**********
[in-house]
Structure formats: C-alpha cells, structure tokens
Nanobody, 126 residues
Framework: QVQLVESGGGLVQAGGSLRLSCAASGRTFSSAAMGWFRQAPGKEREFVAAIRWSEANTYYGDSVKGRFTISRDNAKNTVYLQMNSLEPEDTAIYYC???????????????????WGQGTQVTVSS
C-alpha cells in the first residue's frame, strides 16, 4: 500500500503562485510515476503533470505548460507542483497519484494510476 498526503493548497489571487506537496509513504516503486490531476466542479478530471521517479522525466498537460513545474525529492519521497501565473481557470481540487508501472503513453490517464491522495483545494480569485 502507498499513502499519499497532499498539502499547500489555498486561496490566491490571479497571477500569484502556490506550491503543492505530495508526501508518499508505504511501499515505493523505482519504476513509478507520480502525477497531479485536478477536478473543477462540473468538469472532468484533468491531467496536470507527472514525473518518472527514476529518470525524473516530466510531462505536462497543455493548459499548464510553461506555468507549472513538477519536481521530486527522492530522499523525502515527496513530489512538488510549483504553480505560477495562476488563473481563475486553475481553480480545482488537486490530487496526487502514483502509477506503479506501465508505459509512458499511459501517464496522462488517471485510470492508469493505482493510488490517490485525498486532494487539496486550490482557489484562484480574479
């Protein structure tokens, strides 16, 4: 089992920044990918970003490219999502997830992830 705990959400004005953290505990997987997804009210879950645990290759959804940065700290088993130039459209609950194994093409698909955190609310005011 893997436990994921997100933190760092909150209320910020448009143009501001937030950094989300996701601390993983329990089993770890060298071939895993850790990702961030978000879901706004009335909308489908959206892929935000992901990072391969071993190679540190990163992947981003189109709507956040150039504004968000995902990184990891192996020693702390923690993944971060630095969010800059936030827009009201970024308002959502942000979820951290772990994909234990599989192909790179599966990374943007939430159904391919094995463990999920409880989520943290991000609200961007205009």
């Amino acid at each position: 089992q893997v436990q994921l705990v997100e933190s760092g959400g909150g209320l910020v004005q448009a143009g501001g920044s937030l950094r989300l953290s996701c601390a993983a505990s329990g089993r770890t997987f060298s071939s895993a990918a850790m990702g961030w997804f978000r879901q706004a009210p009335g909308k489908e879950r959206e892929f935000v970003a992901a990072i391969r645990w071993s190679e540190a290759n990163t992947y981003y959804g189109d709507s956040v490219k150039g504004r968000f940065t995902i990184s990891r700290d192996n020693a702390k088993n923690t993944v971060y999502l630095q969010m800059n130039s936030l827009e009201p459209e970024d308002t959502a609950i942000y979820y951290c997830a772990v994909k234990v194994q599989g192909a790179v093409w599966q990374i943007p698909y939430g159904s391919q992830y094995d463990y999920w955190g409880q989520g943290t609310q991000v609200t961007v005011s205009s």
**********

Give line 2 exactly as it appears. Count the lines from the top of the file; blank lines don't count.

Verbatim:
Structure formats: C-alpha cells, structure tokens